North Korea’s said Wednesday that it had carried out a “successful” hydrogen bomb test, a claim that, if true, would represent a significant and dangerous step forward in its nuclear weapons programme, experts say.
Pyongyang has carried out nuclear tests before – in 2006, 2009 and 2013. But what would make Wednesday’s test significantly more worrying to the international community is the claim that it was a vastly more powerful hydrogen bomb that was detonated, rather than the fission bombs seen in previous tests.
“A fission bomb is where you split atoms into smaller atoms, and that’s very much like what the bombs dropped on Hiroshima and Nagasaki [during WWII] were like – so still big nuclear explosions,” nuclear policy and arms control expert Crispin Rovere told FRANCE 24.
“But an H-bomb is so much greater than that. You combine small elements, fuse them together, and that releases vast amounts of energy.”
North Korea also claimed that the weapon it tested was “miniaturised”, meaning small enough to attach to a missile. If true, this could that mean Pyongyang is close to meeting the ultimate goal of its nuclear weapons programme: to develop a long-range nuclear capability, able to strike targets thousands of miles away including the United States.
“In order to do that it’s not enough just to have a nuclear explosion. You need to have something that is small enough to fit on your missiles so you can effectively deliver that weapon,” said Rovere.
Doubts over claims
The possibility that the country has reached this important milestone in the development of its nuclear programme could have frightening ramifications, said David Galbreath, professor of international security at Bath University and an expert on arms control.
“The fear is that North Korea could have submarines armed with nuclear weapons operating off the coast of Washington state, for example, capable of striking the continental United States,” he told FRANCE 24.
North Korea has been known to exaggerate its military prowess, however, and significant doubt remains over whether the device tested on Wednesday was indeed a hydrogen bomb.
While the US Geological Survey detected a 5.1-magnitude seismic event in the vicinity of North Korea’s Punggye-ri nuclear test site, which suggests that a nuclear explosion did take place, the modest size of the explosion has raised doubts over Pyongyang’s claims.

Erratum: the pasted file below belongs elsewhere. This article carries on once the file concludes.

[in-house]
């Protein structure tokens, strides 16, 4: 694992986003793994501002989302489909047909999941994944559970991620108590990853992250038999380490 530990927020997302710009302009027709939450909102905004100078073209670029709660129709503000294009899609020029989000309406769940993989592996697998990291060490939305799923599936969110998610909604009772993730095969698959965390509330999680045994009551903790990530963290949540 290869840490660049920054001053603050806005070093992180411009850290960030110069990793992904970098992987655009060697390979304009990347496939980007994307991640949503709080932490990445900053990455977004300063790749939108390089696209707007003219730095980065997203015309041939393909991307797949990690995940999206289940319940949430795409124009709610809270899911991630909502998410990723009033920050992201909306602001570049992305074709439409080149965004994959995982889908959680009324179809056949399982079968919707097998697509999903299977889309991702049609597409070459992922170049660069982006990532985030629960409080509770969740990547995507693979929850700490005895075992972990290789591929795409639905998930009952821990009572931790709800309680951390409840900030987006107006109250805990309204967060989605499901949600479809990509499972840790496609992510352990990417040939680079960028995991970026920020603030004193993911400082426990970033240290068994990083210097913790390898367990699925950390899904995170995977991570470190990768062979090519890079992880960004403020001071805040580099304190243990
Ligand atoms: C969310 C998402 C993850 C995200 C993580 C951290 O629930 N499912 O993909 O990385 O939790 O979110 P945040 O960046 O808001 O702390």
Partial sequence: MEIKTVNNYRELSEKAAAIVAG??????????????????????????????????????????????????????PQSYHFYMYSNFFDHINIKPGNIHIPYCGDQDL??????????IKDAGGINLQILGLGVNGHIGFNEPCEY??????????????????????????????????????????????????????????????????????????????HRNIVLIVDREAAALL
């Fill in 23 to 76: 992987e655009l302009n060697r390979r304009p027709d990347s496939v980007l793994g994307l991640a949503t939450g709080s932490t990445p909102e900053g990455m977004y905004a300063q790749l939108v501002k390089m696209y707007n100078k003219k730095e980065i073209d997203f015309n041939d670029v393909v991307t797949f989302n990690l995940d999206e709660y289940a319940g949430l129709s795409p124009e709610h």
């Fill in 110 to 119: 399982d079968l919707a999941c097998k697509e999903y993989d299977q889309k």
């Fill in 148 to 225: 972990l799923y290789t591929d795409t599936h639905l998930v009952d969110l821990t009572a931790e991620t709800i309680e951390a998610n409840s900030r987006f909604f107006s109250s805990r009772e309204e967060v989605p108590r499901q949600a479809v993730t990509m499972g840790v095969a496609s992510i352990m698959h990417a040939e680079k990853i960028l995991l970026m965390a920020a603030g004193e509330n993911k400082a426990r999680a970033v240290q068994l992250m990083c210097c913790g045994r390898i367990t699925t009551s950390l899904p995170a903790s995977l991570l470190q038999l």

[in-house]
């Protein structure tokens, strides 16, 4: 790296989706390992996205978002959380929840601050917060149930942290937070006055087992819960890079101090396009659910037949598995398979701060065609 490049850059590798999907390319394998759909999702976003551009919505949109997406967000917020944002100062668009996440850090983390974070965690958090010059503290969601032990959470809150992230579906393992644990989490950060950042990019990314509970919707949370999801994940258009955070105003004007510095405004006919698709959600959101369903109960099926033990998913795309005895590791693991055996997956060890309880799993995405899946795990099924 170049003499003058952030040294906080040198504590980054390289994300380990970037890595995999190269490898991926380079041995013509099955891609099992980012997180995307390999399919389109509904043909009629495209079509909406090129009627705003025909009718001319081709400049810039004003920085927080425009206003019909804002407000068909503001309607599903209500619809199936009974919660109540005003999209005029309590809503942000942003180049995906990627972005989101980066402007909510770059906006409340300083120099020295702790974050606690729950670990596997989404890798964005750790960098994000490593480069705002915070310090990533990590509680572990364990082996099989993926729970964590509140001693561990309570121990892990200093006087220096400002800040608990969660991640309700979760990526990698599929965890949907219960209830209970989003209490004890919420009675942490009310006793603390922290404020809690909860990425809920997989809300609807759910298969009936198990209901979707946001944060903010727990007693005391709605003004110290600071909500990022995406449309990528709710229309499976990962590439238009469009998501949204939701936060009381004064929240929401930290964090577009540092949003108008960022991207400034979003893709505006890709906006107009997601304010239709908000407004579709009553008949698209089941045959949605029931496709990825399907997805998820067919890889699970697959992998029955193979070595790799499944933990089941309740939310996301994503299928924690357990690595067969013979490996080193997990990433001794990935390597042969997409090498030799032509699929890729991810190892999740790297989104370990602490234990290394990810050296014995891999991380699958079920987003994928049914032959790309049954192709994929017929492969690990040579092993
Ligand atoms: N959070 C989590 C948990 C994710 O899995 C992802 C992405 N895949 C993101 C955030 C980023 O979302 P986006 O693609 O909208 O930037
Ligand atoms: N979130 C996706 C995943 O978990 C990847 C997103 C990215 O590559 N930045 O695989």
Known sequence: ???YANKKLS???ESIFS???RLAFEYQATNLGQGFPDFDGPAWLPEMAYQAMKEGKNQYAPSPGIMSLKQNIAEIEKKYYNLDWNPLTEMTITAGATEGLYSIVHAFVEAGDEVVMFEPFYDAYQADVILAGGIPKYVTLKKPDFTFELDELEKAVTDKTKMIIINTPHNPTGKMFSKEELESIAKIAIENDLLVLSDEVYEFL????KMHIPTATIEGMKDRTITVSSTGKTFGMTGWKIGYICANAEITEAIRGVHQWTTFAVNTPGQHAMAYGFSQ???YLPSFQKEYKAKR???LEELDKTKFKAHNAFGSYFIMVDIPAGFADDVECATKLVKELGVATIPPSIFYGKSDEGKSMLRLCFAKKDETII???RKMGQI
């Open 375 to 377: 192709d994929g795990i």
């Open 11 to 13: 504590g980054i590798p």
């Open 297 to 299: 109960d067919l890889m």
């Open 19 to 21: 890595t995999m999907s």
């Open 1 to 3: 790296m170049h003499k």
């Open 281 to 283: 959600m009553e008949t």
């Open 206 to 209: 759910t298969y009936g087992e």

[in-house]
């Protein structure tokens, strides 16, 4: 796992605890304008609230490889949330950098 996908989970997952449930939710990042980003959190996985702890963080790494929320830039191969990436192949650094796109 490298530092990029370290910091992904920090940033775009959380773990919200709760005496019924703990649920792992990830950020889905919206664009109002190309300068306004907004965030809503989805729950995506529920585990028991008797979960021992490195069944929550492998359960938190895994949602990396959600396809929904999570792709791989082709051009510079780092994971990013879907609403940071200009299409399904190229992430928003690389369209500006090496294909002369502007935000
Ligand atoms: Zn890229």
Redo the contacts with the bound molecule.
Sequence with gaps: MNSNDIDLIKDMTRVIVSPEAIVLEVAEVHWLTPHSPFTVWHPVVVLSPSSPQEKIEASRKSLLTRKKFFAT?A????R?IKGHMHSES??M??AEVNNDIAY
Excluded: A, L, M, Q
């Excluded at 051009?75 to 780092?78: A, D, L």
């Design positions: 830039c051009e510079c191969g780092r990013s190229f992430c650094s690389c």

“Initial indications are that the predicted yield of the explosion is very close to that of previous fission bomb tests conducted by North Korea,” Dr Matthew Cottee, research associate for non-proliferation and nuclear policy at the International Institute for Strategic Studies, told FRANCE 24.
“But without a lot more information it’s very difficult to say.”
Rovere agreed with that assessment, saying that the seismic activity on Wednesday suggests that “there was a nuclear explosion, but on a much smaller scale than we would expect from a typical successful hydrogen bomb test”.
North Korean H-bomb ‘only a matter of time’
But while Pyongyang may well be overstating the extent of its nuclear capabilities, an H-bomb-armed North Korea is far from an outlandish proposition, say some experts.
Policy analysts “seem pretty convinced that we are entering the age of the North Korean H-bomb”, said Galbreath. “Even if this was not a successful hydrogen bomb test it is something that is going to happen sooner or later, unless there is some kind of Iran-style nuclear agreement, which seems extremely unlikely.”
That North Korea may have carried out a successful H-bomb test “does not come as a surprise”, Cottee agreed.
“This is something we have been talking about for a while in relation to North Korea – an H-bomb test was only a question of when, not if.”
With Wednesday’s test came another blow to already moribund efforts to rein in North Korea’s nuclear programme, eliciting condemnation from the international community – including China, whose traditionally strong relations with North Korea seem to be rapidly deteriorating.
Several rounds of six-nation talks involving South Korea, the US, China, Japan and Russia on reaching an agreement with North Korea over its nuclear programme have largely failed, and while there have been many bilateral attempts to engage Pyongyang, "North Korea has now clearly rebuffed any attempt at diplomatic negotiations with this test,” said Cottee.
Pongyang, he said, is sending a message that it is “able to develop its nuclear weapon and missile programme pretty much unchecked by the international community”.